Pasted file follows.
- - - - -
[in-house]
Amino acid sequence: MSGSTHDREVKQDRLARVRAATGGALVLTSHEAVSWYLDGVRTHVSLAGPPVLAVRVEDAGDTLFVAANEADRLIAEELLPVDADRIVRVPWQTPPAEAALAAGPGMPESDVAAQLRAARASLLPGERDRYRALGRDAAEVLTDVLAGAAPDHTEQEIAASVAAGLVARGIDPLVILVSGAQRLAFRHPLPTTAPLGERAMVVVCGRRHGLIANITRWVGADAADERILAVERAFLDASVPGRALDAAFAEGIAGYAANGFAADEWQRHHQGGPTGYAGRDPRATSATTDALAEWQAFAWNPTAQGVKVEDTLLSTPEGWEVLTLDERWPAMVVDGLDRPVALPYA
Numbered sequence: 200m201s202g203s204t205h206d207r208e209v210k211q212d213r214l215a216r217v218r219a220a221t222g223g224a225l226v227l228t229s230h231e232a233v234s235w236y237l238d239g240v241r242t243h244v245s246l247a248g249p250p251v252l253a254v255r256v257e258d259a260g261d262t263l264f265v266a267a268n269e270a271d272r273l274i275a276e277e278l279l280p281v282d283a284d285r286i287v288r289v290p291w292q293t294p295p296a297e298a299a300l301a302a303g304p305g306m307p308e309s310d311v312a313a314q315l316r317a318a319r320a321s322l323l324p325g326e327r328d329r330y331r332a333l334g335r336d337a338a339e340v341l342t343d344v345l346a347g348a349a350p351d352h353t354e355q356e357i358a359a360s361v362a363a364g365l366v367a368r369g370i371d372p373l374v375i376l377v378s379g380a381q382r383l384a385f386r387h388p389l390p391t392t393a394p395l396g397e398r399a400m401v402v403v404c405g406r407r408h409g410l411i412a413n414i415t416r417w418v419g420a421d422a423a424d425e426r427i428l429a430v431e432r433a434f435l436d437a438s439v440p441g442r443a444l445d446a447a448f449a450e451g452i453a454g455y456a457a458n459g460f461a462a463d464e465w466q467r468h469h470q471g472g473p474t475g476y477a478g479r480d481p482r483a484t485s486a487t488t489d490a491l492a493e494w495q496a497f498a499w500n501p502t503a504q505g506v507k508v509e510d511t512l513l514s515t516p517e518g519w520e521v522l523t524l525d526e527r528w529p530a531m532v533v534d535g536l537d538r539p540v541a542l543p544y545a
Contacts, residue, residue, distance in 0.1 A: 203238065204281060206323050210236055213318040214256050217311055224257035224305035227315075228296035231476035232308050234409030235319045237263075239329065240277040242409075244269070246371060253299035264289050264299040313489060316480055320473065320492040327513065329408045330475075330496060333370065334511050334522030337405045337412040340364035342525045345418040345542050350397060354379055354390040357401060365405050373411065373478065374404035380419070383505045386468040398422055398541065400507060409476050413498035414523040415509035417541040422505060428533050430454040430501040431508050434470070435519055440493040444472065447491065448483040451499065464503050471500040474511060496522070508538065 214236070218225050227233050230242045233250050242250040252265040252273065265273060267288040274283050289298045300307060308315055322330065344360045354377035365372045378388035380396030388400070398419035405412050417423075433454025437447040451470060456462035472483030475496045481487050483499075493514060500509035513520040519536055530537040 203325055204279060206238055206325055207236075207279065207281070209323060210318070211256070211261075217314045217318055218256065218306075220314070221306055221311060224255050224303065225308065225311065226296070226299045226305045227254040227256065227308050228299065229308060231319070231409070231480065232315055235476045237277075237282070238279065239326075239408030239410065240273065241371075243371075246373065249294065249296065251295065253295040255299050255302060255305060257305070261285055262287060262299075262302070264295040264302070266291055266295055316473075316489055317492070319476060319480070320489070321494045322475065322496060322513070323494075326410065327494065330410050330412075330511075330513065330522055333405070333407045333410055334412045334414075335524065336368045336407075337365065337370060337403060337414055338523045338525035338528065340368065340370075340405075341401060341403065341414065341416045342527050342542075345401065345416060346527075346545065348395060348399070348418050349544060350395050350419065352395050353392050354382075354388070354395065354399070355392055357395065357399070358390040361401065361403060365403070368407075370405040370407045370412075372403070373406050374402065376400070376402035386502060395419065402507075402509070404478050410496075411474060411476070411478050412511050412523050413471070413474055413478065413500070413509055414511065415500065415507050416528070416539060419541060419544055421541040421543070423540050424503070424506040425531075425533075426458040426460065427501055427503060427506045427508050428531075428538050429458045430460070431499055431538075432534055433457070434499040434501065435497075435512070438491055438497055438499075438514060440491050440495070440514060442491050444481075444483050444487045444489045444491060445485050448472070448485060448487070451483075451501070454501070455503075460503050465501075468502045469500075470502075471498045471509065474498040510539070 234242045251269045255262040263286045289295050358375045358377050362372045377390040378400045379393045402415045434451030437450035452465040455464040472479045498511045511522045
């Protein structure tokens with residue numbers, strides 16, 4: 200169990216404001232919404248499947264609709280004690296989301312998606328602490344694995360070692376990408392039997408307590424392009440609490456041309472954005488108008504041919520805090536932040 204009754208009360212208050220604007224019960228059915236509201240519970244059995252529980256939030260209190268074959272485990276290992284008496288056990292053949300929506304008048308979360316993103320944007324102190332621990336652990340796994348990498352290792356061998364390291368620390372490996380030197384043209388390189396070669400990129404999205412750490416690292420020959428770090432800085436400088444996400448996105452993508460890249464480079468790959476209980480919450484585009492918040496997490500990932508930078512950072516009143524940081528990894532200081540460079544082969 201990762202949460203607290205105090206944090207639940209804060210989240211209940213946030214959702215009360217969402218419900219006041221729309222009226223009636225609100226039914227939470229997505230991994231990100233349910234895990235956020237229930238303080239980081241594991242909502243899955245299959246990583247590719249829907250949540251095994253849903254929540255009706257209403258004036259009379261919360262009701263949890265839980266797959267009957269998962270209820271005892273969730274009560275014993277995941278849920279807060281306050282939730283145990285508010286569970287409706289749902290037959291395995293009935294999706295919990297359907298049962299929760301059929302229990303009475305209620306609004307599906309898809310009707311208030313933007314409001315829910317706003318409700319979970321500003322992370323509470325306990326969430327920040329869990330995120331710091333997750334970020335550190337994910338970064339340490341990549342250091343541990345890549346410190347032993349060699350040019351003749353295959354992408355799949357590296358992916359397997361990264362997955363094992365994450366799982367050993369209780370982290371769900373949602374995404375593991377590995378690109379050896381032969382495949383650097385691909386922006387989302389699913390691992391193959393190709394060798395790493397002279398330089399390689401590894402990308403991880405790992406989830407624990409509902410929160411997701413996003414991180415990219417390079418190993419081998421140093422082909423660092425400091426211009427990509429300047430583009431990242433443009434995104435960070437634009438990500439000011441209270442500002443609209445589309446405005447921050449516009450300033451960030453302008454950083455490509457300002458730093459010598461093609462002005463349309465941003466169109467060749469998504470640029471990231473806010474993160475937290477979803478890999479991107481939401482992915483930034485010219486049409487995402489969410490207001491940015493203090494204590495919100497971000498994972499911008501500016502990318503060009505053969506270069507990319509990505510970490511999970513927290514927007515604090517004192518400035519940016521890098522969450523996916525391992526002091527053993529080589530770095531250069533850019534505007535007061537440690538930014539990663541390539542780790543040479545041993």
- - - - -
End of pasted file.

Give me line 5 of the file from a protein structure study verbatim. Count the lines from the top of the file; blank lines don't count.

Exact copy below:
């Protein structure tokens with residue numbers, strides 16, 4: 200169990216404001232919404248499947264609709280004690296989301312998606328602490344694995360070692376990408392039997408307590424392009440609490456041309472954005488108008504041919520805090536932040 204009754208009360212208050220604007224019960228059915236509201240519970244059995252529980256939030260209190268074959272485990276290992284008496288056990292053949300929506304008048308979360316993103320944007324102190332621990336652990340796994348990498352290792356061998364390291368620390372490996380030197384043209388390189396070669400990129404999205412750490416690292420020959428770090432800085436400088444996400448996105452993508460890249464480079468790959476209980480919450484585009492918040496997490500990932508930078512950072516009143524940081528990894532200081540460079544082969 201990762202949460203607290205105090206944090207639940209804060210989240211209940213946030214959702215009360217969402218419900219006041221729309222009226223009636225609100226039914227939470229997505230991994231990100233349910234895990235956020237229930238303080239980081241594991242909502243899955245299959246990583247590719249829907250949540251095994253849903254929540255009706257209403258004036259009379261919360262009701263949890265839980266797959267009957269998962270209820271005892273969730274009560275014993277995941278849920279807060281306050282939730283145990285508010286569970287409706289749902290037959291395995293009935294999706295919990297359907298049962299929760301059929302229990303009475305209620306609004307599906309898809310009707311208030313933007314409001315829910317706003318409700319979970321500003322992370323509470325306990326969430327920040329869990330995120331710091333997750334970020335550190337994910338970064339340490341990549342250091343541990345890549346410190347032993349060699350040019351003749353295959354992408355799949357590296358992916359397997361990264362997955363094992365994450366799982367050993369209780370982290371769900373949602374995404375593991377590995378690109379050896381032969382495949383650097385691909386922006387989302389699913390691992391193959393190709394060798395790493397002279398330089399390689401590894402990308403991880405790992406989830407624990409509902410929160411997701413996003414991180415990219417390079418190993419081998421140093422082909423660092425400091426211009427990509429300047430583009431990242433443009434995104435960070437634009438990500439000011441209270442500002443609209445589309446405005447921050449516009450300033451960030453302008454950083455490509457300002458730093459010598461093609462002005463349309465941003466169109467060749469998504470640029471990231473806010474993160475937290477979803478890999479991107481939401482992915483930034485010219486049409487995402489969410490207001491940015493203090494204590495919100497971000498994972499911008501500016502990318503060009505053969506270069507990319509990505510970490511999970513927290514927007515604090517004192518400035519940016521890098522969450523996916525391992526002091527053993529080589530770095531250069533850019534505007535007061537440690538930014539990663541390539542780790543040479545041993």